SUMMARY

The principles described herein may address some of the above-described deficiencies and others. Specifically, some of the principles described herein relate to light devices, light mirrors, and methods of cooling light devices and light mirrors.

One aspect provides a light mirror. In one embodiment, the light mirror comprises a handle having a longitudinal axis, a mirror attached to the handle and arranged at an angle from the longitudinal axis, a light source inside the handle, and a light waveguide adjacent to the light source. In one embodiment, the waveguide comprises a reflector and the reflector reflects substantially all of the light from the light waveguide. In one embodiment, the light waveguide comprises a concave light exit surface for diffusing light from the light source. The concave light exit surface for diffusing light from the light source may be formed in a lateral edge portion of the waveguide. In one embodiment, the light waveguide comprises a first end adjacent to the light source, and a second end. The second end comprises a flat angled reflector aimed at a concave exit surface. In one embodiment, the light waveguide comprises a shank of the mirror. In one embodiment, the light source comprises an LED. In one embodiment, the light mirror further comprises an airflow annulus between the light source and the handle. The airflow annulus between the light source and the handle may provide convection heat transfer from the light source. In one embodiment, the light mirror further comprises an airflow annulus between the light source and the handle, and an elastomeric boot disposed between the mirror and the handle, the elastomeric boot comprising a flow channel in fluid communication with the airflow annulus and aimed at the mirror. In one embodiment, the light mirror further comprises an airflow annulus between the light source and the handle, and an elastomeric boot disposed between the mirror and the handle, the elastomeric boot comprising a plurality of diverging channels in fluid communication with the airflow annulus.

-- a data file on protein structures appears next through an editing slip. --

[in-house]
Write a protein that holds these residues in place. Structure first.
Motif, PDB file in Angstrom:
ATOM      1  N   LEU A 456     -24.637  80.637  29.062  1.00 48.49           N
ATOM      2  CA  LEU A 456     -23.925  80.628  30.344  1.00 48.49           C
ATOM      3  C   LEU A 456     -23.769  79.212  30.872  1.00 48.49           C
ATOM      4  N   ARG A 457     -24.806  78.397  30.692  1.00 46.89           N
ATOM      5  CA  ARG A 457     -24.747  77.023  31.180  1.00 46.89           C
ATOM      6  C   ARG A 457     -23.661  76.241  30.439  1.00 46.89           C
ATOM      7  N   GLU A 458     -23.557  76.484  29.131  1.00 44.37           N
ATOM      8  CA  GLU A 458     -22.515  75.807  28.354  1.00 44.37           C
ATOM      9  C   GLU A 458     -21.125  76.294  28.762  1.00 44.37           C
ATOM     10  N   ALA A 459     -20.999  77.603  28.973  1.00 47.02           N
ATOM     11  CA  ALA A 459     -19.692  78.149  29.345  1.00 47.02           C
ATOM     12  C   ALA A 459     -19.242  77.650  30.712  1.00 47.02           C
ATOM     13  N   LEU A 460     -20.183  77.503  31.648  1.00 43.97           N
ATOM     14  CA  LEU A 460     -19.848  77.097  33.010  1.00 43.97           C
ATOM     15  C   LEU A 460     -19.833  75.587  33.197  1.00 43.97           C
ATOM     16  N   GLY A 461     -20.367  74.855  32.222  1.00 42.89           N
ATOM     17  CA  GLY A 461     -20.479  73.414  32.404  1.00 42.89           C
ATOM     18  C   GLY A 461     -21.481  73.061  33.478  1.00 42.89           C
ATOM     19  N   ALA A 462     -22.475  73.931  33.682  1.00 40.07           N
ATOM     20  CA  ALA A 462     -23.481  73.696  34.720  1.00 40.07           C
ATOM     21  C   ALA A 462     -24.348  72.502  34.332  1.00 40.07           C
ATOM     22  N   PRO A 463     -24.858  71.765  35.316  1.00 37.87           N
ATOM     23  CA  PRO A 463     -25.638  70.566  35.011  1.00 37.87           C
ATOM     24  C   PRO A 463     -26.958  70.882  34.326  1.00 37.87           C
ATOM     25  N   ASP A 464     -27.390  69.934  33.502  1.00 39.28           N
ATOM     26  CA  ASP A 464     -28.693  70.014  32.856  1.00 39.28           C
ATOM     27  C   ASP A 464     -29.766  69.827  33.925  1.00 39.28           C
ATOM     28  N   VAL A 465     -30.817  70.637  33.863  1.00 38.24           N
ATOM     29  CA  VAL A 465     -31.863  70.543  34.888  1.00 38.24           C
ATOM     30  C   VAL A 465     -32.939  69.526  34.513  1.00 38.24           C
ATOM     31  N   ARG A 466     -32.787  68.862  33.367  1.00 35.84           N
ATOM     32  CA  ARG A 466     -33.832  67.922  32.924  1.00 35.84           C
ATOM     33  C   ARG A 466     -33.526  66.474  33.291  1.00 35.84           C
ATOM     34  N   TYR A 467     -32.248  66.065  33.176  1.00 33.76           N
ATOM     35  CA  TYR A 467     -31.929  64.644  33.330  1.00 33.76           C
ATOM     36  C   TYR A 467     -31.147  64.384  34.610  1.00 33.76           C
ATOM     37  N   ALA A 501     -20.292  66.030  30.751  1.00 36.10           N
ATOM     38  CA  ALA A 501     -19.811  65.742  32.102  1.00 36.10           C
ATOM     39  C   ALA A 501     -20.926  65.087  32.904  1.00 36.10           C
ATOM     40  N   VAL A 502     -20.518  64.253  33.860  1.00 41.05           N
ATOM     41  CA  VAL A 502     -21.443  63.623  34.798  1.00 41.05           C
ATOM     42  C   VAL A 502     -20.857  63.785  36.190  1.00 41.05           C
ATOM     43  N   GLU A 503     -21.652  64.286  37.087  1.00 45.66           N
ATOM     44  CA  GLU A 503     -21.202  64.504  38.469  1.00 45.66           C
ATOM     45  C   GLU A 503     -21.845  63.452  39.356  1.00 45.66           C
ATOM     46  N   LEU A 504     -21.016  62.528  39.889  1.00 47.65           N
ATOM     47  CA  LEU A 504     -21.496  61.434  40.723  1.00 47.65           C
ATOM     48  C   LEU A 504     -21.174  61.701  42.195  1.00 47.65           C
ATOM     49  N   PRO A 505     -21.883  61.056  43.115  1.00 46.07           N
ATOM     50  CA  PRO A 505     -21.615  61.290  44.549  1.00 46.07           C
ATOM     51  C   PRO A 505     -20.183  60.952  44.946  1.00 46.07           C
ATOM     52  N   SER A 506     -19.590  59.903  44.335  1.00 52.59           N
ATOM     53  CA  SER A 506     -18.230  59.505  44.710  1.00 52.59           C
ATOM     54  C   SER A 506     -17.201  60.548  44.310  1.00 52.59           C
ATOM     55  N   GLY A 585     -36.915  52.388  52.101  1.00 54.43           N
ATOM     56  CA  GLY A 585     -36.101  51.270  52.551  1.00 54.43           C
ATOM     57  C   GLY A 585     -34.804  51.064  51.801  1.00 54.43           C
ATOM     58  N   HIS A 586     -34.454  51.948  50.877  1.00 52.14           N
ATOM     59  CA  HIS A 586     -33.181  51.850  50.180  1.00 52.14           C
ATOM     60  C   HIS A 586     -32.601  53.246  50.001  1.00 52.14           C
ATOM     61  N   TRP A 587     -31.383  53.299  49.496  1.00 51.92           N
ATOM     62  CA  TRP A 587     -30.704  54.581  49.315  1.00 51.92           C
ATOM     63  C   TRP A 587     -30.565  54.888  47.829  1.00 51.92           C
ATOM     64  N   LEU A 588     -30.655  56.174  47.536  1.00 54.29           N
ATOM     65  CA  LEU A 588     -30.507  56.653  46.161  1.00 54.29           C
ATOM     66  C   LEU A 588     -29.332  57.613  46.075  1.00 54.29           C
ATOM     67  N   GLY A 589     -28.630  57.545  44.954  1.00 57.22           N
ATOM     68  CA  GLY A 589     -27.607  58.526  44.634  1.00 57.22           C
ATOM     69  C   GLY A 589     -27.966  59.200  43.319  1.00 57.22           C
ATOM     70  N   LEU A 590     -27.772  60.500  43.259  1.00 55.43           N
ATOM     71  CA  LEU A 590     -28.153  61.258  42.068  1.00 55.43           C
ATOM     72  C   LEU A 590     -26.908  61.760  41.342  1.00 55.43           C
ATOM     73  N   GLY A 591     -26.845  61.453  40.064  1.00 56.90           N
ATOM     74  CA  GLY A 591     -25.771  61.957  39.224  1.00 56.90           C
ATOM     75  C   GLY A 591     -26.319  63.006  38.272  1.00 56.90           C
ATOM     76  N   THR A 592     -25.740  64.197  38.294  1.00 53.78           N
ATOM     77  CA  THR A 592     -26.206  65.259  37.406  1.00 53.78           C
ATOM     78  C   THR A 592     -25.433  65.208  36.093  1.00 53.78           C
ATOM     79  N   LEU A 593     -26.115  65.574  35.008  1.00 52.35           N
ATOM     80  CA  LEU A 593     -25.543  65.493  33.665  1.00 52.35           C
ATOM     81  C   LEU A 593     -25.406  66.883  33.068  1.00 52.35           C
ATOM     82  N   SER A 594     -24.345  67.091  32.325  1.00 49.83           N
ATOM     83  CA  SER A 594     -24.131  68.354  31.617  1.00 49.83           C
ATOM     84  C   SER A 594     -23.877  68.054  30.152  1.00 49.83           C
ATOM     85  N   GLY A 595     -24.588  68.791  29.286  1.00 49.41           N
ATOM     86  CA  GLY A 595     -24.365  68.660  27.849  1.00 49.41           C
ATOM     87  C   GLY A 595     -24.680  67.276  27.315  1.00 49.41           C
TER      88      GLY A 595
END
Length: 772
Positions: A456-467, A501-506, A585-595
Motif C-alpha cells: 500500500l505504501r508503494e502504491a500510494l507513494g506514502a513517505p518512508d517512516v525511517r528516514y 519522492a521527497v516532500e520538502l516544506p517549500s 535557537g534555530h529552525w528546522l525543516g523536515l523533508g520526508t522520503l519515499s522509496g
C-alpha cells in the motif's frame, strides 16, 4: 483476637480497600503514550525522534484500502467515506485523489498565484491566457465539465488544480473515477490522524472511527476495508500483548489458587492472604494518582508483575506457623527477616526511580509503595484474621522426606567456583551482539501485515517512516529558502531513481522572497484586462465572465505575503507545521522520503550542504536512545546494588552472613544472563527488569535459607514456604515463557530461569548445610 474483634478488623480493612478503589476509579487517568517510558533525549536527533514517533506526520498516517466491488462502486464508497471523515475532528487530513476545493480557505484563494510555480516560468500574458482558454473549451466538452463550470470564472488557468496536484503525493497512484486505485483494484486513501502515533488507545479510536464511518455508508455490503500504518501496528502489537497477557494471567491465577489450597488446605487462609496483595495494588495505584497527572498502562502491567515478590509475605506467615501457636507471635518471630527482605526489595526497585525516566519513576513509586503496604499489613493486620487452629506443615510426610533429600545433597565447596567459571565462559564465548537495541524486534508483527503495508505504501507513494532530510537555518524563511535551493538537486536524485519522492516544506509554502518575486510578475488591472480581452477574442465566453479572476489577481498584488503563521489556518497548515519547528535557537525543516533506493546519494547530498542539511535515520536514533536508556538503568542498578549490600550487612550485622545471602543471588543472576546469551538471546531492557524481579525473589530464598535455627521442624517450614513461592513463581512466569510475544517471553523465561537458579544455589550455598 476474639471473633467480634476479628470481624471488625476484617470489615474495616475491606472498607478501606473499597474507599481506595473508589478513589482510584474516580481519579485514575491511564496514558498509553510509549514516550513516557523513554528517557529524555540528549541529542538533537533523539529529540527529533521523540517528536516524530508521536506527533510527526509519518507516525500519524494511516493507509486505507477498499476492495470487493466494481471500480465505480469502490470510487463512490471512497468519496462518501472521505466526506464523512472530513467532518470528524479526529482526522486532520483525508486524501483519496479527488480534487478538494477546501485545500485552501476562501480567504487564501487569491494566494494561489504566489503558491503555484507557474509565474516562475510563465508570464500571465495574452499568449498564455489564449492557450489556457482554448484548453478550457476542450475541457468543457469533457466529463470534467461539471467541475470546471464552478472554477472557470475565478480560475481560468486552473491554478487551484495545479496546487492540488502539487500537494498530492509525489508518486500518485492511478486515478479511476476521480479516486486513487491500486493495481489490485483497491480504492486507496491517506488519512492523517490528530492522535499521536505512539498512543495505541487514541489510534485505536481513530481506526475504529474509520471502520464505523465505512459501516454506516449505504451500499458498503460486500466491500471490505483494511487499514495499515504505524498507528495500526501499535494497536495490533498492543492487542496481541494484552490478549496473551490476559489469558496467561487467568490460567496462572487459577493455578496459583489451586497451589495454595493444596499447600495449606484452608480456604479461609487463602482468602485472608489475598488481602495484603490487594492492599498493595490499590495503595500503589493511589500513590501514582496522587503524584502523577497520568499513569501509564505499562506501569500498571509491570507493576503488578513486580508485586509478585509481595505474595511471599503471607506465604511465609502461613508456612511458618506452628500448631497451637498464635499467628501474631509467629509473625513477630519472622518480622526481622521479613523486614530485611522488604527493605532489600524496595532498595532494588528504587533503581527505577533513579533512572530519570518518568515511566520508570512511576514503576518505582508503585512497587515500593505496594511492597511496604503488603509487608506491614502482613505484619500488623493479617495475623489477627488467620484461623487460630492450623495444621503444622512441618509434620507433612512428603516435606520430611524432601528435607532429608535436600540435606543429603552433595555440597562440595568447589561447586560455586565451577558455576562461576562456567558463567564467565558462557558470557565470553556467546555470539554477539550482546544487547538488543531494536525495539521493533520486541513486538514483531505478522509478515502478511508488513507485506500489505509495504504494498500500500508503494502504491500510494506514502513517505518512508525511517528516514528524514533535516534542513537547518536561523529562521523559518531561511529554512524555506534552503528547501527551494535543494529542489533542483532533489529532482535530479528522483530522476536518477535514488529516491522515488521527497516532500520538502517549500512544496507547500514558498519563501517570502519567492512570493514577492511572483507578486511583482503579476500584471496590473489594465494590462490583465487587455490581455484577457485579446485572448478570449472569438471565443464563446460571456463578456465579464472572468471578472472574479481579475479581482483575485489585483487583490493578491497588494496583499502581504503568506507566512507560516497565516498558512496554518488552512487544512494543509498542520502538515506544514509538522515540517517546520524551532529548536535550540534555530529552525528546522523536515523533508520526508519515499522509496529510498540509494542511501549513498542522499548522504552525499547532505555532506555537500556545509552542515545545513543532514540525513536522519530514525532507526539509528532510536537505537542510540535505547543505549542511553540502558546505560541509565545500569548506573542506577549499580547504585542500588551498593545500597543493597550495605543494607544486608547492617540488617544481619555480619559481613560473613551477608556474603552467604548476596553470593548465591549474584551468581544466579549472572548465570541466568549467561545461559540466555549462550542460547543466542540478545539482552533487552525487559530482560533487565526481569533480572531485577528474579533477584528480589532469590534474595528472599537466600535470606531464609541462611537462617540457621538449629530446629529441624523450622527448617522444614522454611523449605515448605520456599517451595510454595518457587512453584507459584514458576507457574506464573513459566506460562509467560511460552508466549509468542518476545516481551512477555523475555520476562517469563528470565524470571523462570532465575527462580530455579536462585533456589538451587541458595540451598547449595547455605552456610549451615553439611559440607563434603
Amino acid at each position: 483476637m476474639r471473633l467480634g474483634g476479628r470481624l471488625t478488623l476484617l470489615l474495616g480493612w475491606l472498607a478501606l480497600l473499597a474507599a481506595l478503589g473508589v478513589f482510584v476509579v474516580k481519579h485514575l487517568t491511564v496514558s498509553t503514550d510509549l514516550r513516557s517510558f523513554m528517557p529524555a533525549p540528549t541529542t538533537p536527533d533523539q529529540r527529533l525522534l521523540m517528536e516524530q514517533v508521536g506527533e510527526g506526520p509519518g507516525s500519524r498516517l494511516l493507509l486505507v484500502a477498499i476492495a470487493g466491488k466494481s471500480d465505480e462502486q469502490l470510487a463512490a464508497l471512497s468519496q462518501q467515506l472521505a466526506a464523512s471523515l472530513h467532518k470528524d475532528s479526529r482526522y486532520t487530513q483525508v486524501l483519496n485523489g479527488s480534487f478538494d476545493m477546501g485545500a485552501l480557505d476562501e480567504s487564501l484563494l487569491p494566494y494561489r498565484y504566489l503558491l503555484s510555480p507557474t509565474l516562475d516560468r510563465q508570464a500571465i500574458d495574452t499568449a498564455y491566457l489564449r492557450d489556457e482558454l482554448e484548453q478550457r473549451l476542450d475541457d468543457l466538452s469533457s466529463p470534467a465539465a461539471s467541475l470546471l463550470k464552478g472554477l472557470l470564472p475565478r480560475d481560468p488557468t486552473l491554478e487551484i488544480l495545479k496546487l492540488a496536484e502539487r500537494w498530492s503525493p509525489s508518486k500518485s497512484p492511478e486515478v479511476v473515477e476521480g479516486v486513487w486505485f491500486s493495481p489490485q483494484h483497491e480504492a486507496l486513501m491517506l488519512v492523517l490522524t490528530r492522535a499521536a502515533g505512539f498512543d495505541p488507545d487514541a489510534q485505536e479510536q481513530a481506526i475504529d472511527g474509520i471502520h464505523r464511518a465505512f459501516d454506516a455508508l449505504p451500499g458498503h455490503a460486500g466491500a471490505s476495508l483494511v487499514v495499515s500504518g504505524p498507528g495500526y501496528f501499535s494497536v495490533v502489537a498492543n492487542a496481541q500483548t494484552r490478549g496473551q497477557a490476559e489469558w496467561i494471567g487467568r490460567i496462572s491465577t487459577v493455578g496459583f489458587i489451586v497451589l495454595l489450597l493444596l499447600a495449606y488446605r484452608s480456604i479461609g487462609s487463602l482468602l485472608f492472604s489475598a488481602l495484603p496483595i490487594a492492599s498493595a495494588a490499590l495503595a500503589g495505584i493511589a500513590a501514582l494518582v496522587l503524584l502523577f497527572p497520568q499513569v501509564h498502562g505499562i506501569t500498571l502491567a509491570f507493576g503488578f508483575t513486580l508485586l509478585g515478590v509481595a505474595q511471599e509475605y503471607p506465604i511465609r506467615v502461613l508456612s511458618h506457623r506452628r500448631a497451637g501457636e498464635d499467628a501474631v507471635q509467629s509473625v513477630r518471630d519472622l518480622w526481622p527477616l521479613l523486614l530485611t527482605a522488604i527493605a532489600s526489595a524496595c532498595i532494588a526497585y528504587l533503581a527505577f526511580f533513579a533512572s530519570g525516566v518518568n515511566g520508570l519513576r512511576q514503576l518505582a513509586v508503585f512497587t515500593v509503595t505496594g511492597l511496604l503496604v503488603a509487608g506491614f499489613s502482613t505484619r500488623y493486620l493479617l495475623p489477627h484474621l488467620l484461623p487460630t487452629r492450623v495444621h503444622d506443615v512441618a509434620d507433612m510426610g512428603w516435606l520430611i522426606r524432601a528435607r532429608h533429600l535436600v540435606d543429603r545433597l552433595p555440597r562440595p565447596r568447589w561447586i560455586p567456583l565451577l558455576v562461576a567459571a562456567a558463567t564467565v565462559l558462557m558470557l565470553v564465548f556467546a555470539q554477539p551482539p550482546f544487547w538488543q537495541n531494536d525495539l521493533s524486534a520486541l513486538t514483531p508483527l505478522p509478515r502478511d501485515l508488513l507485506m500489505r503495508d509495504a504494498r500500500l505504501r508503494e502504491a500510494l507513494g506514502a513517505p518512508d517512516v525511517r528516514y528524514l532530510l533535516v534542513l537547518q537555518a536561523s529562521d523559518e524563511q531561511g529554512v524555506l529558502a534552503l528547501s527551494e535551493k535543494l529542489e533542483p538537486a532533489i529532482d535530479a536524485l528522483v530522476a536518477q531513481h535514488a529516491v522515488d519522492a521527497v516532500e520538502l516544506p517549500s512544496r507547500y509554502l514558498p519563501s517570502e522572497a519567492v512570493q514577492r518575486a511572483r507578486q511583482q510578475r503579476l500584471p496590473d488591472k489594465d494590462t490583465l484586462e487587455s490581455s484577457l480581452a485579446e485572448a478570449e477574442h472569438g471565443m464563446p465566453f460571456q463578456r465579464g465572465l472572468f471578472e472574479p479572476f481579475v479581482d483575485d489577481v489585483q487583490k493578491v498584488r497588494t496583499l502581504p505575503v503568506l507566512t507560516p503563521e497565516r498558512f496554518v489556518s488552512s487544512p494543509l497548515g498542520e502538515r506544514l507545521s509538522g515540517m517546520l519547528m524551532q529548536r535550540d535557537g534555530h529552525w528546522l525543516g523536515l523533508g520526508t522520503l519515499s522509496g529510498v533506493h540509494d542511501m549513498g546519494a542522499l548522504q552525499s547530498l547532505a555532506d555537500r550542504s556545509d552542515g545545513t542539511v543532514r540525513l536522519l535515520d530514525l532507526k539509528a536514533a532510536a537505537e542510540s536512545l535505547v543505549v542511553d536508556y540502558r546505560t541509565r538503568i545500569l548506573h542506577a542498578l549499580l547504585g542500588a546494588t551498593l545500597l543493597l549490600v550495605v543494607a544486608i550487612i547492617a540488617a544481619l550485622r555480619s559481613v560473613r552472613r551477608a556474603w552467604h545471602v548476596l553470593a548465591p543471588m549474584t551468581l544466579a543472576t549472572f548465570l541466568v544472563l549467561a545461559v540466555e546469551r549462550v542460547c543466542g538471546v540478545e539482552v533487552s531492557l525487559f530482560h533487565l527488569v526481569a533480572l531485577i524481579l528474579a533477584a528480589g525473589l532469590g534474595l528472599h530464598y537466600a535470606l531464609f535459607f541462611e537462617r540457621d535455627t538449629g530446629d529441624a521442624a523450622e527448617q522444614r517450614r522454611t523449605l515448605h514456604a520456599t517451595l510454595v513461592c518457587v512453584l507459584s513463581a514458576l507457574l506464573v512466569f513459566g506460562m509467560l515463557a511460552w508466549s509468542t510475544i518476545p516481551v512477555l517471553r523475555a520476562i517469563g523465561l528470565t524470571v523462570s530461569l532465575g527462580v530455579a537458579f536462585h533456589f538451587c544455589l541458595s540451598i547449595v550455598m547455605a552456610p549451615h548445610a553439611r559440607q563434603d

One aspect provides a light mirror apparatus. In one embodiment, the apparatus comprises a handle having a longitudinal axis, a disposable mirror comprising a reflective surface attached to the handle and arranged at an angle from the longitudinal axis, an LED inside the handle, a light waveguide adjacent to the LED, the light waveguide directing light from the LED, an annulus disposed between the LED and the handle and extending between the light waveguide and the handle, and a flow manifold in fluid communication with the annulus, the flow manifold aimed at or across the reflective surface of the mirror. One embodiment further comprises a pressurized air supply coupled to the handle. One embodiment further comprises a roll-up sleeve attached around the handle. In one embodiment, the light waveguide comprises a shank of the disposable mirror. In one embodiment, the light waveguide comprises a first end optically coupled to the LED, and a second end. The second end comprises a reflecting angle aimed to a concave exit surface. In one embodiment, the light waveguide comprises a first end optically coupled to the LED, and a second end, the second end comprising a reflector aimed to a lateral light exit surface, the lateral exit surface comprising a light diffuser. One embodiment further comprises an LED socket, the LED socket comprising, in cross section, an LED receiving hole and a plurality of annular bulbs. In one embodiment, the light waveguide comprises a shank of the disposable mirror, the flow manifold comprises a rubber boot at a distal end of the handle, the shank extends though a hole in the rubber boot, and the rubber boot provides a friction fit with the shank.

One aspect provides an illuminated mirror apparatus. The apparatus comprises a handle having a longitudinal axis, a mirror having a shank, the shank comprising a waveguide having only a single exit surface, the mirror attached to the handle and arranged with a reflective surface at an angle from the longitudinal axis. The apparatus also includes an LED inside the handle, and an internal air passageway substantially parallel to the longitudinal axis and open to the LED. The internal air passageway comprises an annulus between the shank and the handle, the internal air passageway in fluid communication with a manifold directed at the mirror. In one embodiment, the single exit surface comprises a lateral, concave, light diffusing surface directing light centered substantially perpendicular to the longitudinal axis. In one embodiment, the single exit surface is shaped to focus light from the LED on the reflective surface of the mirror.